Steinberg hits hard with a well-connected, impeccably designed, high-resolution audio interface
Review by Paul Vnuk Jr.
Steinberg is one of the world’s premier DAW developers and it excels at audio interface design as well (check out the UR series). Steinberg is part of the Yamaha Corporation family, and its hardware line rides the mothership that makes Yamaha digital and analog mixers an industry standard. The AXR4 is not just another multi-channel DAW interface—it’s filled with cutting-edge technology that places it squarely in the high end of the professional converter and interface market. Let’s find out why.
Meet the AXR4
The AXR4 is a 28 x 24 Thunderbolt 2 audio interface. It features 32-bit integer converters that support sample rates up to 384kHz, as well as Steinberg’s new SSPLL (Super Suppression Phase Locked Loop) advanced virtual jitter reduction. Three AXR4 units can be chained and linked for increased channel count.
The AXR4 is housed in a standard 1U, 13 3/4” deep rack mount enclosure that’s totally jam packed with tech. Its brushed silver front panel is quite Euromodern looking! From left to right, we have four XLR jacks, the SILK controls (more on this later), a bank of six dedicated function buttons, a beautiful multi-function, full-color LED screen, a stepped push button encoder, a pair of independent 1/4” headphone jacks (each with its own super smooth volume pot), and finally, the master power switch.
Yamaha Preamps with the Rupert Neve SILK Touch
Front panel inputs are available on Neutrik XLR/TRS Combo connectors. Channels 1 and 2 accept mic/line/instrument inputs, while channels 3 and 4 are mic/line only. These inputs lead directly to all-new preamps—a hybrid design based on a combination of Yamaha’s super clean and neutral preamps (with +68dB of input gain), and a DSP model of SILK, the popular Rupert Neve-designed circuit that provides two modes of sonic enhancement: Red, for high frequency sparkle; and Blue, for thickness, boldness, and punch. SILK is dialed in to taste with a dedicated front panel encoder. Each preamp also has phantom power, a pad, a phase switch, and highpass filtering. In my work, I often preferred the harmonic excitement of SILK red and almost never turned it off.
On the rear of the unit are an additional eight TRS analog inputs,
labeled 5 through 12, and eight TRS analog outs. Digital connections are plentiful, with 8 channels of AES I/O carried over DB-25 as well as two pairs of ADAT Toslink sockets. The AXR4 has BNC word clock I/O as well as a pair of a pair of old school 5-pin MIDI jacks—cuz Steinberg is the venerable master of the MIDI sequencer!
Finally, we have a pair of Thunderbolt 2 jacks. Not to jump to any conclusions here, but these live on what looks like a removable interface card, so perhaps further connectivity options will be available in the future. Power is handled by an external line lump PSU.
Interface, Software and DSP
Some high end audio interfaces make use of a matrix-style routing app, while others utilize a software mixer. The AXR4 offers both—and they work seamlessly together.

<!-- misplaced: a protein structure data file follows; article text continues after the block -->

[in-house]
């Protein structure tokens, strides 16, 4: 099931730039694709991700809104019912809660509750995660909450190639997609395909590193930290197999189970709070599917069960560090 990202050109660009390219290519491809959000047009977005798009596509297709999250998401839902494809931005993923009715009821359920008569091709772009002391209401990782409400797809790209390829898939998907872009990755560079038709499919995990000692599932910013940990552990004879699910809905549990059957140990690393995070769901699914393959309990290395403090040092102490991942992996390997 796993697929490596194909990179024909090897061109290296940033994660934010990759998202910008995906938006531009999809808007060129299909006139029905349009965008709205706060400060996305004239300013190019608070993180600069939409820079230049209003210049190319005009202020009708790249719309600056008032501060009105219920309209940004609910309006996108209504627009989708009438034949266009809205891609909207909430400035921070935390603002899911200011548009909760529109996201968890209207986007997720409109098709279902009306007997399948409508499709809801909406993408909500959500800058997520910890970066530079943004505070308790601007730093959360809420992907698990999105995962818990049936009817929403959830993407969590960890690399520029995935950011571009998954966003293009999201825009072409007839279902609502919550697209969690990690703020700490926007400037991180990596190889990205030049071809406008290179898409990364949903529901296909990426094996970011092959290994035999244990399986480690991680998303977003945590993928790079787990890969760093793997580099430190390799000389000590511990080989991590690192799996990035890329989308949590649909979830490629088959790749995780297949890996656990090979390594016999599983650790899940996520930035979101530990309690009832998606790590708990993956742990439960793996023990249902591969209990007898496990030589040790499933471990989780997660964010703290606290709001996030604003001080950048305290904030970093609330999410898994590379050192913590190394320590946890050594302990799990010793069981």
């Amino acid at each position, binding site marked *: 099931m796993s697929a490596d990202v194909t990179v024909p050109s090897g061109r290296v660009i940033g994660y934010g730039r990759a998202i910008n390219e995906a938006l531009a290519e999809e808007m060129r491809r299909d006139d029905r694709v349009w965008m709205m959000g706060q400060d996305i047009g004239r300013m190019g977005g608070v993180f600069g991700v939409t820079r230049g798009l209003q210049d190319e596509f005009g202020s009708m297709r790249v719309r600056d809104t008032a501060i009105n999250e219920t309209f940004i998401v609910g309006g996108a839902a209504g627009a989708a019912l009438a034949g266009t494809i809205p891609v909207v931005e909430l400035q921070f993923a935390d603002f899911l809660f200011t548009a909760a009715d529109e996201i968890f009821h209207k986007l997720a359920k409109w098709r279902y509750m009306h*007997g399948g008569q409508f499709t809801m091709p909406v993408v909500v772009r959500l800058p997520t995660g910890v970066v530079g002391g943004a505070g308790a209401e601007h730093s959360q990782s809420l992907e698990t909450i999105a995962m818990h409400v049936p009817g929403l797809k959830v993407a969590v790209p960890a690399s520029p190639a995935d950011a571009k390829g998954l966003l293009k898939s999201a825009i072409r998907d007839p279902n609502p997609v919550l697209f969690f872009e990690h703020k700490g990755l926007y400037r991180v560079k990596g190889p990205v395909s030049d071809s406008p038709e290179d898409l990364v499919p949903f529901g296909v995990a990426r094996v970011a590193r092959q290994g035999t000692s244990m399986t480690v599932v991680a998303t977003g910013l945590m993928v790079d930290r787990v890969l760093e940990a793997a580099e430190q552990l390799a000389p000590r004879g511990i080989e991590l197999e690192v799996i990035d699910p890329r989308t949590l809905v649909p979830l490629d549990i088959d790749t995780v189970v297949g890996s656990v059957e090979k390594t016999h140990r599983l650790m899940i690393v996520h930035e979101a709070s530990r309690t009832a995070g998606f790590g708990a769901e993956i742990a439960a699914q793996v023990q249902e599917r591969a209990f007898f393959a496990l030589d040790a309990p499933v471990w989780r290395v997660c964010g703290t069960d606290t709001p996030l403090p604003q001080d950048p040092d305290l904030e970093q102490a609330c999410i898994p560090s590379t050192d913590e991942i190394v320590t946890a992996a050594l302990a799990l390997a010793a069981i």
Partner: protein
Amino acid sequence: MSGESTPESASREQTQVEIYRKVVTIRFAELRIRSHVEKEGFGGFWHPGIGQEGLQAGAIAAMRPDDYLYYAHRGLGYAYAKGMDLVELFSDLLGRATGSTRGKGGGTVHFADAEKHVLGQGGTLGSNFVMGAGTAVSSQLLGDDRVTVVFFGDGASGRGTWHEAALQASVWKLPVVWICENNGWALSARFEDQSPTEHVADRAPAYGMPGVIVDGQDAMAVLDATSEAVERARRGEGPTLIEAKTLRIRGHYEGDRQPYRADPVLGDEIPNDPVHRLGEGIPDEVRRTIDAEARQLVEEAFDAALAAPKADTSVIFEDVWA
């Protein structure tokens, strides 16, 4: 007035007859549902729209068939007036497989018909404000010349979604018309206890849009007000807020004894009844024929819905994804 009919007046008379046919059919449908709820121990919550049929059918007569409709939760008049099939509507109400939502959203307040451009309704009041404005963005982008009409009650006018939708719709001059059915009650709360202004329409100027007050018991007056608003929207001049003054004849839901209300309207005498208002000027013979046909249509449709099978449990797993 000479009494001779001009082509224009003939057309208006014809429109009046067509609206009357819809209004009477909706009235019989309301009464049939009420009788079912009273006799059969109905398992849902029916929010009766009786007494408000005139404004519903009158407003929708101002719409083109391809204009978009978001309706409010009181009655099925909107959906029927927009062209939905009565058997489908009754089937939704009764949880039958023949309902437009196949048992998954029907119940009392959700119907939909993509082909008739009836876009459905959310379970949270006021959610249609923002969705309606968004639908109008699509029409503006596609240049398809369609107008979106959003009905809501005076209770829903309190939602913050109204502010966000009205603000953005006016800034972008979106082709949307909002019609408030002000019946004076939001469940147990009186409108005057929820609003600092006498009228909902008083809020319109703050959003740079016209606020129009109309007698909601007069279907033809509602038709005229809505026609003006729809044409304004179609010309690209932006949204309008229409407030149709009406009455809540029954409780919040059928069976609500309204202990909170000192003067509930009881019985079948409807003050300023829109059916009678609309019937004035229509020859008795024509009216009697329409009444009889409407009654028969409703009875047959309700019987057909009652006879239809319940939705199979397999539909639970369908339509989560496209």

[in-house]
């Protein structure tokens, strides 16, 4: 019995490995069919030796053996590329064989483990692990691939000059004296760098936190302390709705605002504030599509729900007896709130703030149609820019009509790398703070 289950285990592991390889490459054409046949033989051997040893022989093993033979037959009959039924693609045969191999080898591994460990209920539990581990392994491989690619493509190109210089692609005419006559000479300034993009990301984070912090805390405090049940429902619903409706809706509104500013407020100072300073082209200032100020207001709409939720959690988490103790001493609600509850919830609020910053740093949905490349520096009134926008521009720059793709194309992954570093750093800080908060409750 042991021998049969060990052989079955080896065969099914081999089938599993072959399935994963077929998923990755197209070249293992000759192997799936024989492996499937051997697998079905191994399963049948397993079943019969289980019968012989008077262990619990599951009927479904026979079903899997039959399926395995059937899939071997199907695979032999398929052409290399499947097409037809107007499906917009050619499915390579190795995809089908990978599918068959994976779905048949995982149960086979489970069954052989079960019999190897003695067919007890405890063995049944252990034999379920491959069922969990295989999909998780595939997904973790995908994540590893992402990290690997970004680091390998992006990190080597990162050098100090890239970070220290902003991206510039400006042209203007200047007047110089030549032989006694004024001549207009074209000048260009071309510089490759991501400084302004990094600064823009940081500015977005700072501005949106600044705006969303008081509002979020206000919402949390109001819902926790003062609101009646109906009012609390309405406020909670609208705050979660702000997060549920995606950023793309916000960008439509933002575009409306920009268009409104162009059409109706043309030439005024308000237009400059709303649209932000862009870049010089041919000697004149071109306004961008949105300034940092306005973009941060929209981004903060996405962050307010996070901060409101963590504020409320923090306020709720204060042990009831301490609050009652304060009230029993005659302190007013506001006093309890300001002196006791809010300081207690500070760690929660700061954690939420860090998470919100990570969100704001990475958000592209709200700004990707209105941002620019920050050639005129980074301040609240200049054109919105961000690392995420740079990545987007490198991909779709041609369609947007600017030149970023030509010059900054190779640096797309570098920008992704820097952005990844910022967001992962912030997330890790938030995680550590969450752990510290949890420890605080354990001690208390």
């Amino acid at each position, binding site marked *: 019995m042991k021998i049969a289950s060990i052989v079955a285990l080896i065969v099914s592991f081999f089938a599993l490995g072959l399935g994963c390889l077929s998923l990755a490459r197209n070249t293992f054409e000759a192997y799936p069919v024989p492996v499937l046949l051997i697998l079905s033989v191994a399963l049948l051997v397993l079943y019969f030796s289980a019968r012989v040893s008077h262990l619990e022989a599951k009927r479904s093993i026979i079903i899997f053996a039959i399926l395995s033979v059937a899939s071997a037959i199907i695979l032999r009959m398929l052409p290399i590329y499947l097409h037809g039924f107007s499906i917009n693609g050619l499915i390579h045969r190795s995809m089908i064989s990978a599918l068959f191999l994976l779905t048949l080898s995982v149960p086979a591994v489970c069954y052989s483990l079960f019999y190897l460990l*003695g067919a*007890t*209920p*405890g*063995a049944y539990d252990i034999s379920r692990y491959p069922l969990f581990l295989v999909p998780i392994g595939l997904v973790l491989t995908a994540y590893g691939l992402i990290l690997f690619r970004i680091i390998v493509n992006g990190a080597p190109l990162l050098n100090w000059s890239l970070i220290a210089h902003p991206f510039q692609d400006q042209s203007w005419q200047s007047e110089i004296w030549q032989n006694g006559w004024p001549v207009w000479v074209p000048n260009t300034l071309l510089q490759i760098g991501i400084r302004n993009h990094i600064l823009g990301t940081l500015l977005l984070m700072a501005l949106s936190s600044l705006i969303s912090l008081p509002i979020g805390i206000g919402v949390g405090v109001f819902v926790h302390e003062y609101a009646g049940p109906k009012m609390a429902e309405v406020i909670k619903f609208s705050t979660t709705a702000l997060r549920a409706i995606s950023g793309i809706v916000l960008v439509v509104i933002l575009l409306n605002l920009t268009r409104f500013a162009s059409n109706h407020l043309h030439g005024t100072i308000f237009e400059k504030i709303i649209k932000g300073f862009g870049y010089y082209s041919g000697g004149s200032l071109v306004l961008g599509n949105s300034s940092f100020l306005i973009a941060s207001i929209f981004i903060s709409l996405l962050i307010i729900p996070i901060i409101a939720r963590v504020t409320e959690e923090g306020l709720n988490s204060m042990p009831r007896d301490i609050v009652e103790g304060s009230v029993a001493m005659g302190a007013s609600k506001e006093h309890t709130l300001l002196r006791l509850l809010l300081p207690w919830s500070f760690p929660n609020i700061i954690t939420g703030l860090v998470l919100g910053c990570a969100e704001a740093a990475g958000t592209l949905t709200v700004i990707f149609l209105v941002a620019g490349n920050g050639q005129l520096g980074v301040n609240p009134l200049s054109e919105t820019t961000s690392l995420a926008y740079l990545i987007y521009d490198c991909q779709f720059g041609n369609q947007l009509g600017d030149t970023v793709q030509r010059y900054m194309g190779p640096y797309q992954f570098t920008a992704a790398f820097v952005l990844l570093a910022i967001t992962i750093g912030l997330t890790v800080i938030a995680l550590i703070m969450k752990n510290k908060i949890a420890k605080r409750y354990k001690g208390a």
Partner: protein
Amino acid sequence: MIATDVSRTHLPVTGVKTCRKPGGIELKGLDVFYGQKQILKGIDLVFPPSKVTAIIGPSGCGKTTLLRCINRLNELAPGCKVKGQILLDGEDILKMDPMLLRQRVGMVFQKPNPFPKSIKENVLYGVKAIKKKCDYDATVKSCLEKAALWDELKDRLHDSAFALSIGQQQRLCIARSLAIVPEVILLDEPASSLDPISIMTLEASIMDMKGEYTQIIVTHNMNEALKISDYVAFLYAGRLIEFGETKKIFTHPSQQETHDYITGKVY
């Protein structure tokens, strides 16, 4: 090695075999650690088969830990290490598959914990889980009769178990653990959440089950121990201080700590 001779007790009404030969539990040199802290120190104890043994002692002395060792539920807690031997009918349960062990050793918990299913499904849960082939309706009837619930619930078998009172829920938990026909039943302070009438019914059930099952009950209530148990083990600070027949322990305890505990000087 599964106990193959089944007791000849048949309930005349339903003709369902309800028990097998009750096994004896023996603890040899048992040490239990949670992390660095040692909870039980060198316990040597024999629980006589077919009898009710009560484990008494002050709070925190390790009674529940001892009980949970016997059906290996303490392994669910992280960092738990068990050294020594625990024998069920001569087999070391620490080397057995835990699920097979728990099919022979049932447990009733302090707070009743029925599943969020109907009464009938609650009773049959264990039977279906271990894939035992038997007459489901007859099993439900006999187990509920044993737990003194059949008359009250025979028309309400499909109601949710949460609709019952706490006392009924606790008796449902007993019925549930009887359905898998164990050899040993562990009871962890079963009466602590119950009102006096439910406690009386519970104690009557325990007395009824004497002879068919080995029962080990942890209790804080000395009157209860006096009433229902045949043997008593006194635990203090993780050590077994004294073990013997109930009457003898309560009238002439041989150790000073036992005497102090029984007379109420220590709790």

The AXR4 mixer app appears as a full-on desk with faders, pan controls, channel linking, insert slots and an effect send. You can also access the preamp controls here, including the SILK settings.
The channel inserts call up the unit’s onboard zero-latency DSP effects. These are: Yamaha’s Sweet Spot Morphing Channel Strip, the Vintage Classics VCM Compressor 276, and the VCM EQ 601. Effects can be printed if you wish or simply monitored here. The effect sends route to the onboard Yamaha REV-X reverb, a long-standing company classic based on the popular SPX code.
If we stop here, the AXR4 is a professional DAW-agnostic interface, made to integrate with any major DAW from Ableton Live to Pro Tools.
Used with Steinberg Cubase or Nuendo, the AXR4 workflow becomes even more seamless. Input channels and DSP effects can be instantly routed and configured right in the Cubase mixer. Another direct benefit is the total integration of AXR4 32-bit integer converters with the native 32-bit Cubase environment. I am a Cubase user and found workflow with the AXR4 a breeze, so much so that I took it out of the studio and used it as both a live mixer and a tracking interface.
As I often say in converter reviews, the bells, whistles and blinky lights are great, but a converter is only as good as it sounds—and, drum roll please—it sounds fantastic. In the past few months I have owned, used, compared and reviewed three of the industry’s top-rated converters, and the AXR4 stands proudly toe-to-toe with them all. I do not say this lightly; the AXR4 is that nice.
At this quality and price point, one might subjectively prefer the tightness of one, or the openness of another, but sonic integrity is never an issue. I do wish I could say that I hear a drastic difference between 24-bit and 32-bit integer conversion, but if I hear it at all, it’s not as drastic as the jump from 16-bit to 24-bit way back when.
Steinberg has come to the table with a seriously great-sounding, well-
designed, and feature-rich interface that can proudly stand as the centerpiece of any professional studio. If you’re a Cubase or Nuendo user, it’s even sweeter.
More from: Steinberg, www.steinberg.net